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Bon Jovi guitarist Richie Sambora has admitted that he would still consider rejoining his former band, despite having left earlier this year due to ‘personal reasons.’ Following the poor response to their latest studio album What About Now, rumours surrounding Sambora having been fired after thirty years began to surface as they were touring Canada and the United States in support of the record.
A month after his departure, frontman Jon Bon Jovi had told the London Evening Standard that ‘It’s getting more and more difficult every day to not just sit here and say something,’ prompting Sambora to retaliate by stating ‘He is making it very difficult for me to come back… Enough with the trash talking!’
In a November interview with Today, Sambora cited the sacrifices that he has had to make with his family over the last three decades to keep the band a success, such as missing much of his daughter’s life, but even as he tried to make up for lost time he felt confident that he would eventually return to the group.
Billboard revealed that Bon Jovi had enjoyed the highest grossing tour of any artist in 2013, having earned an estimated $205 million from a total of ninety shows, performing to over two million fans. Sambora was the last member to join Bon Jovi in 1983, and after the lukewarm response to their first two albums, the band were launched into the mainstream with 1986′s Slippery When Wet, which would produce the number one hits You Give Love a Bad Name and Livin’ on a Prayer.
In the years since their initial success, they have enjoyed a consistent level of success, regularly climbing up the charts with such memorable classics as Bad Medicine, Bed of Roses and Always, before reinventing themselves in the new millennium with It’s My Life. Over the last decade Bon Jovi have released two Platinum-selling albums, and while they performance in the charts has failed to match their earlier success they have continued to remain a popular live act.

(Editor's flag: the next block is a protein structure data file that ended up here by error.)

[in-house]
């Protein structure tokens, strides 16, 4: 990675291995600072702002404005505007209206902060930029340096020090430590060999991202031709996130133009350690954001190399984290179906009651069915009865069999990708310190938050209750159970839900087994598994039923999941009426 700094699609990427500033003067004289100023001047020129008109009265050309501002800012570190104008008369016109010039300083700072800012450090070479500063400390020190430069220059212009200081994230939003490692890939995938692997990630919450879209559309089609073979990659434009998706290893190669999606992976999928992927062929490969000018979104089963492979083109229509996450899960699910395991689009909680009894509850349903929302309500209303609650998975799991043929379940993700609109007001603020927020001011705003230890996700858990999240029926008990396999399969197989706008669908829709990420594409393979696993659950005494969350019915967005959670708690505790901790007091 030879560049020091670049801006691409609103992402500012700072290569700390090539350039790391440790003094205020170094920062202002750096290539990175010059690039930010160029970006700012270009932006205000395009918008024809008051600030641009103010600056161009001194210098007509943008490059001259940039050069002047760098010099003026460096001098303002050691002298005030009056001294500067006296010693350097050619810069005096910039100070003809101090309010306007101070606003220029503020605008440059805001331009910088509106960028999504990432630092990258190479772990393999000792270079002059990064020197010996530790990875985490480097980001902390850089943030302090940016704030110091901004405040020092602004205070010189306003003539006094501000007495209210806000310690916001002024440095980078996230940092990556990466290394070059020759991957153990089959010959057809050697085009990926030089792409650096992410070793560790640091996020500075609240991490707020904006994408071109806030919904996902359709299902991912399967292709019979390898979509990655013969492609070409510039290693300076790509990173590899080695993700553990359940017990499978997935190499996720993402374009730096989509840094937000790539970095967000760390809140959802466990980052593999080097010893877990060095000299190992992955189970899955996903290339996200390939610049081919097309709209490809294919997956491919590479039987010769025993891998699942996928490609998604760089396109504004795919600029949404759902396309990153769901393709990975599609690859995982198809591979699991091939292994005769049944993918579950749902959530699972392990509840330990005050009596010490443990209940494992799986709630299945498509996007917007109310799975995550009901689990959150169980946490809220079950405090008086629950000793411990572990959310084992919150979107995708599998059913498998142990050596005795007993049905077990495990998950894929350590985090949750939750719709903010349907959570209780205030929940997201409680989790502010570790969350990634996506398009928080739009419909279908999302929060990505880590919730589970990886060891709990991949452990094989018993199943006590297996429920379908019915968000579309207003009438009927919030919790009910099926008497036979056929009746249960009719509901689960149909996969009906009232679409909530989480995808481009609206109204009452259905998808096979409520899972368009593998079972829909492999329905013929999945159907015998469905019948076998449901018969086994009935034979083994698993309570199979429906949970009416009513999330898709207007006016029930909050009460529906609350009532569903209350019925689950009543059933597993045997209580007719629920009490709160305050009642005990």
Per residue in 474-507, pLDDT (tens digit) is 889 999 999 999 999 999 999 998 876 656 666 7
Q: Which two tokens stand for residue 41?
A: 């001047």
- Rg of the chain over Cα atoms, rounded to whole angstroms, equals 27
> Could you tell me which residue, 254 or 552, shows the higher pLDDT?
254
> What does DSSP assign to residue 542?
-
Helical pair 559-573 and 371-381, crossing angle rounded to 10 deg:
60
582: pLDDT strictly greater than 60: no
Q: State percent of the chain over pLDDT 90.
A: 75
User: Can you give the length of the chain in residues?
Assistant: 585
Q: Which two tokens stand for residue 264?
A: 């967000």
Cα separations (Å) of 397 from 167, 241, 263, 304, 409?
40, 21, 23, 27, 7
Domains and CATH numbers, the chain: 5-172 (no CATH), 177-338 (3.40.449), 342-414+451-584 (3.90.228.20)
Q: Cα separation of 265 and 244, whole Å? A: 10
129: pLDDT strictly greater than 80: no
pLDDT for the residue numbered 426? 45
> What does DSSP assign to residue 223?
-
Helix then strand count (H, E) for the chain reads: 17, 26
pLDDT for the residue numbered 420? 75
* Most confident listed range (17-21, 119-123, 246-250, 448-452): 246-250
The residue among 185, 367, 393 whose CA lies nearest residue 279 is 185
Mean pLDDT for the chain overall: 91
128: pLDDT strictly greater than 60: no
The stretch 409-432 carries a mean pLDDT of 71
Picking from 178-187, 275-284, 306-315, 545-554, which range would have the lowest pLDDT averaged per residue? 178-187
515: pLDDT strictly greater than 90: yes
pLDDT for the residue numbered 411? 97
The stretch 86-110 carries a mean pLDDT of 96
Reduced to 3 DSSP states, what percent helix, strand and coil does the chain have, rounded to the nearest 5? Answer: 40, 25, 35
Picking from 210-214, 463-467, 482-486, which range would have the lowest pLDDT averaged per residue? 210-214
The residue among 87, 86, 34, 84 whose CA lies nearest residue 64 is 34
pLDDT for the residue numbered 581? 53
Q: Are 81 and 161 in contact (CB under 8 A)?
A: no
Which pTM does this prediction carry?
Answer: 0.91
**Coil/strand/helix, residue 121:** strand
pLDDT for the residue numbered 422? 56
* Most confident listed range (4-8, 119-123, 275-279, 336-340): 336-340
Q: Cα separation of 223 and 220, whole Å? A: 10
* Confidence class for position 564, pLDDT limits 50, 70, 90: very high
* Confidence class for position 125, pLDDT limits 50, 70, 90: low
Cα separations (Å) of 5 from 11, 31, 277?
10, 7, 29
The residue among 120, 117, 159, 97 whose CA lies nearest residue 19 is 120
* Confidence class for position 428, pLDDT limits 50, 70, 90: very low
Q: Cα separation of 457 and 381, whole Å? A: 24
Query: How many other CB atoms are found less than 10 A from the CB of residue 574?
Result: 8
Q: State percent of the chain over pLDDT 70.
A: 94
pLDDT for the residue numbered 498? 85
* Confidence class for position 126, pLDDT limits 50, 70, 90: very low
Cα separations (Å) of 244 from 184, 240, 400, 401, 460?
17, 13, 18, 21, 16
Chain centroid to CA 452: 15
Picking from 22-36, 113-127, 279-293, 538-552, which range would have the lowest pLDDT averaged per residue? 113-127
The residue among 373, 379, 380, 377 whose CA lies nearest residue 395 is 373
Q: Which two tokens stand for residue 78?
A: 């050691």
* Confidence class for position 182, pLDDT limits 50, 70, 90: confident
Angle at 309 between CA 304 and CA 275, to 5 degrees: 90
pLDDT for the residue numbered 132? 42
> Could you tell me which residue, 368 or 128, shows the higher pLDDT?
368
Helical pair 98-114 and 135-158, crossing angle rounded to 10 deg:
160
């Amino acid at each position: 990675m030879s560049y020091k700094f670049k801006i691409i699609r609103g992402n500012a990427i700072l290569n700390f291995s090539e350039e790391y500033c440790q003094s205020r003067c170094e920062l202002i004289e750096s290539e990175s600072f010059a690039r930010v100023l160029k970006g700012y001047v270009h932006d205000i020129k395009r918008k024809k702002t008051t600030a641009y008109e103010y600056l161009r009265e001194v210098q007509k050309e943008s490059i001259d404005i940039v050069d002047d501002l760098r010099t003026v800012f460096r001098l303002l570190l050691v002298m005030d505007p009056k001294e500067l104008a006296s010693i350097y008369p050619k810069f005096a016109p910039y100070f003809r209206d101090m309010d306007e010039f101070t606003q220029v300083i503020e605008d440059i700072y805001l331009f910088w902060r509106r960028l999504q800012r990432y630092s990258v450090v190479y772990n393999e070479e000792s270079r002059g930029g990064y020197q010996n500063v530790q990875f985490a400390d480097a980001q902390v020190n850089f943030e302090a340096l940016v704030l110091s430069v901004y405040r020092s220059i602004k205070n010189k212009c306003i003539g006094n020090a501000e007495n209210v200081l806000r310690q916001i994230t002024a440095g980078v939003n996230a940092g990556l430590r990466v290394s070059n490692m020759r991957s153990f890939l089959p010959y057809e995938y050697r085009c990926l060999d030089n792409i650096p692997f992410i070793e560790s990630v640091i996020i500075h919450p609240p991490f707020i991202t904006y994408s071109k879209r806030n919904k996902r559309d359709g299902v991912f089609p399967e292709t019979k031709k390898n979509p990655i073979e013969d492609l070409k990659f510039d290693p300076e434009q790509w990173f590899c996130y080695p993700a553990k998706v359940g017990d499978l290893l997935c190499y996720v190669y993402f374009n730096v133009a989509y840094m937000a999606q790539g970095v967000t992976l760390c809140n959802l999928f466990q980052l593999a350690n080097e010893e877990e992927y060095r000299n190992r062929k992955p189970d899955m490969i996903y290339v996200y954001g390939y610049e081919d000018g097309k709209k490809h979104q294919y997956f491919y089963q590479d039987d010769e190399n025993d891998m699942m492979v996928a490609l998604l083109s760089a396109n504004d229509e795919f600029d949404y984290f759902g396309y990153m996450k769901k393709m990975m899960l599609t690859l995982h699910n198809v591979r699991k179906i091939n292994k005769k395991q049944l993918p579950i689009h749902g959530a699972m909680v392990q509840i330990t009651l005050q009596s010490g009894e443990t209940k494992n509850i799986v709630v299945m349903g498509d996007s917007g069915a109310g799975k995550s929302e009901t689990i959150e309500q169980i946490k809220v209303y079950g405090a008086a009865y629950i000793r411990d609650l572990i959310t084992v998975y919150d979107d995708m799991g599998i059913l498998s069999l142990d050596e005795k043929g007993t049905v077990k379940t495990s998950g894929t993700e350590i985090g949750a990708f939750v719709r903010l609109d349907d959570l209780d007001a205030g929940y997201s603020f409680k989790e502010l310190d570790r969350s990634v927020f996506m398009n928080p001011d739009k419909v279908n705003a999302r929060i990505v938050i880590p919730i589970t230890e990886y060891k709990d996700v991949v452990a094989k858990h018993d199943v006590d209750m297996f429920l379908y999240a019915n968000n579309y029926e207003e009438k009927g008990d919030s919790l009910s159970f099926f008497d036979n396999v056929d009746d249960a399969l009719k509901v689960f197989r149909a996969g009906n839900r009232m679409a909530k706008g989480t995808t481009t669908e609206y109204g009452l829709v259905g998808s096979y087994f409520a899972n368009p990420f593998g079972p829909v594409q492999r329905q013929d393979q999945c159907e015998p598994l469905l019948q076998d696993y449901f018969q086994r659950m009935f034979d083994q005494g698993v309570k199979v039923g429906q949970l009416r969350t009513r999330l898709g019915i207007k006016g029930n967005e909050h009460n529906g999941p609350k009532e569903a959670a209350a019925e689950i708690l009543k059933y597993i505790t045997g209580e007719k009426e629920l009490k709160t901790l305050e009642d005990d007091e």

Recently Sambora was asked by the Hollywood Reporter if, despite his own reasons for having left and the public conflicts he has had with Jon Bon Jovi, whether he would consider returning to the band, ‘Yes, I would think about it for sure. There’s no malice here. You get along for thirty years, that’s a damn good marriage.’Regarding what kind of toll his career has had on his family life he added, ‘I did fourteen cycles for thirty years, so I missed a lot. A lot of life happened. And I also had three solo albums and tours, wrote songs for other people…Burnt isn’t the right word, but I almost fell out of love with music and I needed to fall in love with it again.’
When bassist Alec John Such left the band in 1994 following the success of their Keep the Faith album the remaining members decided not to officially replace him, instead recruiting Hugh McDonald (who had performed on Jon Bon Jovi’s original 1983 demo) as a session musician.
Whether or not the band will follow suit with replacing Sambora remains to be seen.